Oxygen is the most important element for sustaining life on earth. It is said to constitute half of the mass of our planet. Apart from being vital for sustaining life, it is the 2nd largest consumed gas in the industry. Because of its oxidation properties, it is used in sustaining burning processes in the industry. Coming back to our point-oxygen being the vital element for sustaining life, it is transported to our lungs via respiration. After reaching the lungs, it gets dissolved into blood.
After dissolving into blood, it travels throughout the length and breadth of our bodies. How does oxygen travel to different parts of the body from lungs? It is an important question for understanding the circulation of the non-metallic element in every cell. Each cell inside our body needs oxygen to stay alive. It is needed in each cell of the body for burning of food in order to release energy, which is used for running their functions.
Now, you might just as well ask how oxygen reaches into every cell of the body. Being dissolved into blood, it travels via blood through what can be called a National Highway of blood circulation. It is said that around 2000 gallons of blood travels everyday through around 60,000 miles of blood vessels linking every cell and organ of the body.
However, taking oxygen into every cell is done in three steps. First, it is breathed from the air and is taken to the lungs. Then, it is dissolved in the blood for transportation. Lastly, it is transported to each cell in the body. There are fine capillaries that go into the walls of air sacs of lungs and it is these capillaries that carry blood into our bodies. Air sacs are also known as alveoli.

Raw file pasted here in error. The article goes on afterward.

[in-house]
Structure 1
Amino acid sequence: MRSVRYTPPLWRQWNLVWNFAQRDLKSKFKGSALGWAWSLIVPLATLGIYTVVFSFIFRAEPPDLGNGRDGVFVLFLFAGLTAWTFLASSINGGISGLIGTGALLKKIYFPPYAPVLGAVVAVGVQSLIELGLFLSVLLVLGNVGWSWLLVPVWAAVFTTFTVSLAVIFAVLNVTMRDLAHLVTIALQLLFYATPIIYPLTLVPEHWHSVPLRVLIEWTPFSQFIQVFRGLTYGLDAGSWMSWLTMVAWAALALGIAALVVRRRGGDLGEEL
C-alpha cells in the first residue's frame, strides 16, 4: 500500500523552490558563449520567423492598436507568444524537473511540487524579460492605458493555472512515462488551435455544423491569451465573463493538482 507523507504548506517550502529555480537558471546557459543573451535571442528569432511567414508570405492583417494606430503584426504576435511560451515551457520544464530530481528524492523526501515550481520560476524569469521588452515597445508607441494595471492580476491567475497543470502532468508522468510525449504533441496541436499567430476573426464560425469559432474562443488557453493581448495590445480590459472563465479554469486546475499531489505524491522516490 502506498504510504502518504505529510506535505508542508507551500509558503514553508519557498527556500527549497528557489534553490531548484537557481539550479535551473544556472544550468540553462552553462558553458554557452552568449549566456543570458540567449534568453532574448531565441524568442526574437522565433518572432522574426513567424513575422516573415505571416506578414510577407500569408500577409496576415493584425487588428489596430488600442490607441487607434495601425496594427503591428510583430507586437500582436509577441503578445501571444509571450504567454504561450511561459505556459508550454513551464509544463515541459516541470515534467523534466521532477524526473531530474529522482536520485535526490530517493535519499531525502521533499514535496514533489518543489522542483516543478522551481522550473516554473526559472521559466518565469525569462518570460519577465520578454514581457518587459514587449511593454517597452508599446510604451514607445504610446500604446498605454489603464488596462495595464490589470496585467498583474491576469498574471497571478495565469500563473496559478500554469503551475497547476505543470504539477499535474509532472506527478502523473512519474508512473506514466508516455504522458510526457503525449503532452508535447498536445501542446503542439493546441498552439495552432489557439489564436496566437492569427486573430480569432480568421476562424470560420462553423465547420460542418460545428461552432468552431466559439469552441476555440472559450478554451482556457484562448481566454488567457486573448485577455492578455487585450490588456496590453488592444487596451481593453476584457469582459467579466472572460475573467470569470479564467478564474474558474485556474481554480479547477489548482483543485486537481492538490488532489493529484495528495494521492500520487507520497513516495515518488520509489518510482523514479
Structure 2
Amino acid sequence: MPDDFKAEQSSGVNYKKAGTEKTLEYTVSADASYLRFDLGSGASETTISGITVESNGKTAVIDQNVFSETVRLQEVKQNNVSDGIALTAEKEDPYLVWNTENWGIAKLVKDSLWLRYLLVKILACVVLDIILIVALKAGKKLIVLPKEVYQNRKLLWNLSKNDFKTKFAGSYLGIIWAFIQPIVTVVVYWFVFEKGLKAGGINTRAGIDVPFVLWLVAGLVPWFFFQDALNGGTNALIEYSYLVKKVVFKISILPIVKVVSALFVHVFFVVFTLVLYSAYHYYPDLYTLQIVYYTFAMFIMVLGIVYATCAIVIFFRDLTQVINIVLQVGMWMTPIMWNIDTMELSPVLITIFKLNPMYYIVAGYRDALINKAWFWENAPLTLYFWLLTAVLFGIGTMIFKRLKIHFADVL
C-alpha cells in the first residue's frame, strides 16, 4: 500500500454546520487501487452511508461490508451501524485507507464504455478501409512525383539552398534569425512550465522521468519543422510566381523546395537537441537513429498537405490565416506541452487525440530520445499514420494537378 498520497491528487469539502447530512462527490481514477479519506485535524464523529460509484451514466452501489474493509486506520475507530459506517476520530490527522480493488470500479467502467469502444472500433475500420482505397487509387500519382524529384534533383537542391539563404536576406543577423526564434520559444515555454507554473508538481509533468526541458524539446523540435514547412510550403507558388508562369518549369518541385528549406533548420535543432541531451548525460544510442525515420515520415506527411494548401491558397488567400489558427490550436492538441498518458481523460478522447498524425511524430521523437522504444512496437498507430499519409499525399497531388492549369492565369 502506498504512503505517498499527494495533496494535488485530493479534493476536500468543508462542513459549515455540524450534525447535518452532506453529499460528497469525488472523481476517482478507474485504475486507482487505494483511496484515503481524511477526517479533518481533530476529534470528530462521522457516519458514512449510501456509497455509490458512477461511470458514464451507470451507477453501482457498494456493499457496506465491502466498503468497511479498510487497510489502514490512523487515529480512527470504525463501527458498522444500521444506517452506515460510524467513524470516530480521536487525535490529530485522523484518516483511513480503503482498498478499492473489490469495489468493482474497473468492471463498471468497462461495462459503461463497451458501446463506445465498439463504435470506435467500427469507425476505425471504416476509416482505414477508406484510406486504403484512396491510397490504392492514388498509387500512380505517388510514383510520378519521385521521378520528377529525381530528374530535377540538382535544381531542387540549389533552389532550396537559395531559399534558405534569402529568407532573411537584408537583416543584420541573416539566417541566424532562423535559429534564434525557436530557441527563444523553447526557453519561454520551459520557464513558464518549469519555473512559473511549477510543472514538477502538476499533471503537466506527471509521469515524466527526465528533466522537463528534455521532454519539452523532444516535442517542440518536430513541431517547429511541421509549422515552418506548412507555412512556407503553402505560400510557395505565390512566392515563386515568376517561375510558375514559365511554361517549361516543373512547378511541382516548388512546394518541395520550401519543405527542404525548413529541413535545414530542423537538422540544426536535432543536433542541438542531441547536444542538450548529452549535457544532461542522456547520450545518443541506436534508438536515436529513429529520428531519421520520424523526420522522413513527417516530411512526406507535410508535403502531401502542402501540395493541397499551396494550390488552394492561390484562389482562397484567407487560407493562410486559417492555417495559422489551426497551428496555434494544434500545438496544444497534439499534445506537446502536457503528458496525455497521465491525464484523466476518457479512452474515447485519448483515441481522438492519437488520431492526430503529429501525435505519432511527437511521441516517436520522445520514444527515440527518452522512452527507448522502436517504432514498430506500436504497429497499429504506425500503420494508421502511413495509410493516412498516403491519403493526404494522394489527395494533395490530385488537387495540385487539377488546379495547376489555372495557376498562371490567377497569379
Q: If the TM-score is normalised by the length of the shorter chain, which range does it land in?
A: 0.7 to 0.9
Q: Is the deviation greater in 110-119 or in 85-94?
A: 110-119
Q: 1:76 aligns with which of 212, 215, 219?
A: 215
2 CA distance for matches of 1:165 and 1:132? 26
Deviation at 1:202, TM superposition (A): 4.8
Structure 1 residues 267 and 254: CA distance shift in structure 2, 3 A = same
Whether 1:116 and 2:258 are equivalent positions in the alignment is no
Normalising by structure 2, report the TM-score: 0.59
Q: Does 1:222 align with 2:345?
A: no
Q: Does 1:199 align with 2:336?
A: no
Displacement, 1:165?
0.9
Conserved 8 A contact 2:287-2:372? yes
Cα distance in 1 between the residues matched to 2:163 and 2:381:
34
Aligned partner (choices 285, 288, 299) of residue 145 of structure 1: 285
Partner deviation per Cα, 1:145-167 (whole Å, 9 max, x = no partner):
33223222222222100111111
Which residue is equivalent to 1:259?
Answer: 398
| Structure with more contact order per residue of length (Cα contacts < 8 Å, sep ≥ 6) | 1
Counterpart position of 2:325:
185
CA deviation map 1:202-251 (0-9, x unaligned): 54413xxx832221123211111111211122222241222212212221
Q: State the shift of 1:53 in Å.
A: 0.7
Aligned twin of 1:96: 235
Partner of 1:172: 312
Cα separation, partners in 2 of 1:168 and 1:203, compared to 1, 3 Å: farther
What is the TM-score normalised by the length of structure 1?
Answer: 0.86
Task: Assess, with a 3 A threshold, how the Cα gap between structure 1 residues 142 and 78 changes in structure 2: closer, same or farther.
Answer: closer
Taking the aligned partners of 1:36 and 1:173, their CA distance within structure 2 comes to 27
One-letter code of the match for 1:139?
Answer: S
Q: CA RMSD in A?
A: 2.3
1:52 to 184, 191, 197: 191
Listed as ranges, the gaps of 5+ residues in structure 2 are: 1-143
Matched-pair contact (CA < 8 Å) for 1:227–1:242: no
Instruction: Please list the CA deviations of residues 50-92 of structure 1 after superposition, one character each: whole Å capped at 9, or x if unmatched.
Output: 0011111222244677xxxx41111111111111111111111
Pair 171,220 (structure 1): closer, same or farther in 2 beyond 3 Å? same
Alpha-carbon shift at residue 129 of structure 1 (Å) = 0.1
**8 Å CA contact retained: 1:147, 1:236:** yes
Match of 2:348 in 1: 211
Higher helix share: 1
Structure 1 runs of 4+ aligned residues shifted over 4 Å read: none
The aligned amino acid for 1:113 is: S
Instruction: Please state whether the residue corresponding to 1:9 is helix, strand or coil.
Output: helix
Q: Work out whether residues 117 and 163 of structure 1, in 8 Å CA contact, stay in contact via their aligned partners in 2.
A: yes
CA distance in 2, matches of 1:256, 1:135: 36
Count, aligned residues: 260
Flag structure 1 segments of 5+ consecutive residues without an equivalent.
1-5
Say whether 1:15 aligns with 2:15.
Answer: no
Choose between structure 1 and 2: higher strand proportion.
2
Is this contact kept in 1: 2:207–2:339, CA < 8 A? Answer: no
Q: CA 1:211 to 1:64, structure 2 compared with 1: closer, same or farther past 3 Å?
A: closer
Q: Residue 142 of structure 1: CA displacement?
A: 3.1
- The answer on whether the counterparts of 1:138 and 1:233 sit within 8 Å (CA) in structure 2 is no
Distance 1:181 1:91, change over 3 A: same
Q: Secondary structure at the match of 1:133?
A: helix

However, once oxygen reaches inside the body, it undergoes changes so that it could dissolve into a solution within blood’s plasma, which is situated within the capillaries of the alveoli. In the air, oxygen circulates as gas molecules. When oxygen is dissolved into a solution of blood, 98% of the dissolved oxygen is used up by the blood cells traveling in the vicinity. And the remaining 2% continues to be used in the solution.
Transporting the dissolved oxygen to different parts of the body is done by red cells, which are excellent vehicles for transportation. Red cells also contain hemoglobin, which contains four molecules of “heme”. What is more, heme comprises of an iron-containing pigment that can bind oxygen. However, the binding is not permanent and can be undone.